Tag Archives: Puritan

New work looks at Edwards’ exegesis

A new study of Jonathan Edwards puts Edwards’ biblical exegesis in its proper place.

Douglas A. Sweeney, Professor of Church History and the History of Christian Thought and Director of the Jonathan Edwards Center at Trinity Evangelical Divinity School, offers a welcome contribution to Edwards studies with Edwards the Exegete: Biblical Interpretation and Anglo-Protestant Culture on the Edge of the Enlightenment.

9780199793228Years of research are apparent in this work, representing the fruit of Sweeney’s determination to understand Edwards through Edwards’ most cherished intellectual and spiritual exercise: biblical exegesis. Setting Edwards in his early eighteenth-century context, Sweeney reminds readers that “Jonathan Edwards (1703–1758) lived in a world strangely different from our own, a world imbued, often enchanted, by the contents of the Bible.” Sweeney doesn’t merely discuss Edwards’ view of Scripture but deals directly with his exegesis—his sources, methods, and conclusions. Sweeney then connects these insights to ongoing discussions concerning other areas of Edwards’ ministry and thought, such as his understanding of christology (in chapter 5) and justification (in chapter 10).

Jan Stievermann, Professor of the History of Christianity in North America at Heidelberg University and the Director of the Jonathan Edwards Center Germany, had this to say about the book:

“Much has been written about Edwards’ life and times, his theology, and philosophy. But so far we did not have a comprehensive study of what Edwards himself would have regarded as the foundation of everything else: his biblical exegesis. Drawing widely from the Edwards corpus, Sweeney offers us a highly learned and nuanced but also very readable account of Edwards’ multifaceted engagement with Scripture in the context of the early Enlightenment.”

Demonstrating the pervasive role of biblical interpretation in Edwards’ corpus and life, Sweeney’s work leaves scholars no excuse for marginalizing Edwards’s exegesis in treatments of his metaphysics, theology, and ministry.

— Ryan Hoselton

Cotton Mather in a post-Christian world

Cotton Mather can provide a useful example as today’s evangelicals reckon with the changing culture, according to the conservative evangelical World Magazine.

The Puritan who lived at the turn of the 18th century had a lot in common with evangelicals living in the first part of the 21st, writes Russ Pulliam, a newspaper editor, in a positive review of Rick Kennedy’s new book, The First American Evangelical

Pulliam explains:

“Mather lived (1663-1728) during two eras of American history. Mather was born when Puritans were the dominant cultural influence in New England, but he lived well into the post-Puritan time. In that context, Kennedy identifies Mather as the first evangelical because he was shifting the Puritan approach to being salt and light.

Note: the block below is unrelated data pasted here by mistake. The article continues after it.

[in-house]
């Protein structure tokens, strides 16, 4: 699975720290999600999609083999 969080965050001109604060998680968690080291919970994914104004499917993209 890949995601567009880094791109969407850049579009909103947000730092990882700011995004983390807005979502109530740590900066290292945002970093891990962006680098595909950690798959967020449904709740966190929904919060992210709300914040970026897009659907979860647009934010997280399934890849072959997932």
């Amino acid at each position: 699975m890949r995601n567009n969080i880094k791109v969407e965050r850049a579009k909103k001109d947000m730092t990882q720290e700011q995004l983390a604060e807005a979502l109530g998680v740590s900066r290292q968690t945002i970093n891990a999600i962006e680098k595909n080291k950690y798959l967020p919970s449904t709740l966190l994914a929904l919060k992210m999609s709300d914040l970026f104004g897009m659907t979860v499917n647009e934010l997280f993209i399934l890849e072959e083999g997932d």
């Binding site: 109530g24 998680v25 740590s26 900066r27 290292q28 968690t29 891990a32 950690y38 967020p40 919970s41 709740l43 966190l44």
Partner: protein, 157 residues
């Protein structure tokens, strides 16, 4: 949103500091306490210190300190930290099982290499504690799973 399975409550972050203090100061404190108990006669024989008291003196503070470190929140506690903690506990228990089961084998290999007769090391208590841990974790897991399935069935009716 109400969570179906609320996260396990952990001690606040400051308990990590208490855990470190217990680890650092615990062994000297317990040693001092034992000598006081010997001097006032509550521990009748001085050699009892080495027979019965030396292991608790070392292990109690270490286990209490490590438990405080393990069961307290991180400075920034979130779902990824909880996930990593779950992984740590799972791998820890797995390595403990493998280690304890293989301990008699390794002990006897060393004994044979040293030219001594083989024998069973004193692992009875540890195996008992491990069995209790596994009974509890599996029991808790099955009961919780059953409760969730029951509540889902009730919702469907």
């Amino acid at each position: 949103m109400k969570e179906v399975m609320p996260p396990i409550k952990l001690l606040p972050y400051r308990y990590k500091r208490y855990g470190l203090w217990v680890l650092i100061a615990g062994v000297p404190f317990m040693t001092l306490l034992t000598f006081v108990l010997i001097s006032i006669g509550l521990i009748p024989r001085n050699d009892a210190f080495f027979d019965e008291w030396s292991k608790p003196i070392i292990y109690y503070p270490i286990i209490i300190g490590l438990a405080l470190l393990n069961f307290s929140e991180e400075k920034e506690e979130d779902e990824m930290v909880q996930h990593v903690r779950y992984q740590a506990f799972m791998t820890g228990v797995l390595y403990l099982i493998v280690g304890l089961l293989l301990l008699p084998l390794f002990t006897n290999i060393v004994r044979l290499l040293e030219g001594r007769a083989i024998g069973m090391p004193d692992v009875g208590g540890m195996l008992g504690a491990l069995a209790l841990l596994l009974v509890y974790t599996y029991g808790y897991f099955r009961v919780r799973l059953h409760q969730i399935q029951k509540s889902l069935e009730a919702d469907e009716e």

“‘His grandparents and parents had hoped to create a City on a Hill, a model republic, far from England, where purified churches would be the foundation of politics,’ Kennedy writes. ‘But that colony was now a province and no longer isolated from imperial politics and imperial religion. Compromises must be made and expectations lowered.'”

That loss of privilege looks familiar to readers of World. As the review concludes:

“America is moving from a time when many people looked to the Bible, sometimes seriously, others times nominally or by memory of a childhood Christian influence. American culture has shifted in recent years, at least to where the dominant influence is much more post-Christian than it was 25 years ago. Given those shifts in our culture, Kennedy’s life of Cotton Mather takes on added value for our times.”

Pulliam argues that Mather needs to be rediscovered along with other Puritans such as Jonathan Edwards and John Owens. Kennedy’s book is recommended to that end. Mather, it is suggested, might be especially useful in these times.

— Daniel Silliman

New documentary on David Brainerd

A new documentary on Puritan missionary David Brainerd has been put out by Church Works, a group that publishes worship music and devotional material.  The documentary, featuring interviews with scholars and pastors, looks at how Brainerd’s devotional life has been an inspiration over the years. An accompanying devotional on Brainerd’s life is also available.

The Puritan war on Christmas

Puritan theologian William Perkins, considered a moderate in 1595 Cambridge, decried the practice of Christmas. It was, he wrote, a basically heathen day of “rifling, dicing, carding, masking, mumming” and assorted “licentious libertie”:

In New England, where dissenters worked to establish a truly Christian society, Christmas was frowned upon, and actually illegal for some years. Anyone caught celebrating in Massachusetts would be fined five shillings.

As Michael D. Hattem writes,
“Due to the penchant for disorder, immodesty, gluttony, and the (temporary) breakdown of the social order, it should come as no surprise that in the late sixteenth and early seventeenth centuries, English dissenters began to take a very dim view of the holiday. Indeed, the hotter the Protestant, the stronger the aversion to Christmas. But their opposition to Christmas was not just due to the overtly social nature of its celebration. Puritan faith derived wholly from scripture, and, in 1645 and again in 1647, the Long Parliament declared the abolition of all holy days except the Sabbath, which was the only day described as such in the Bible.”

It’s common to hear contemporary Christians make claims about the missing “true meaning” of Christmas. The Puritans of Early America might have countered that, if you understood the true meaning, you wouldn’t celebrate the sham holiday at all.

— Daniel Silliman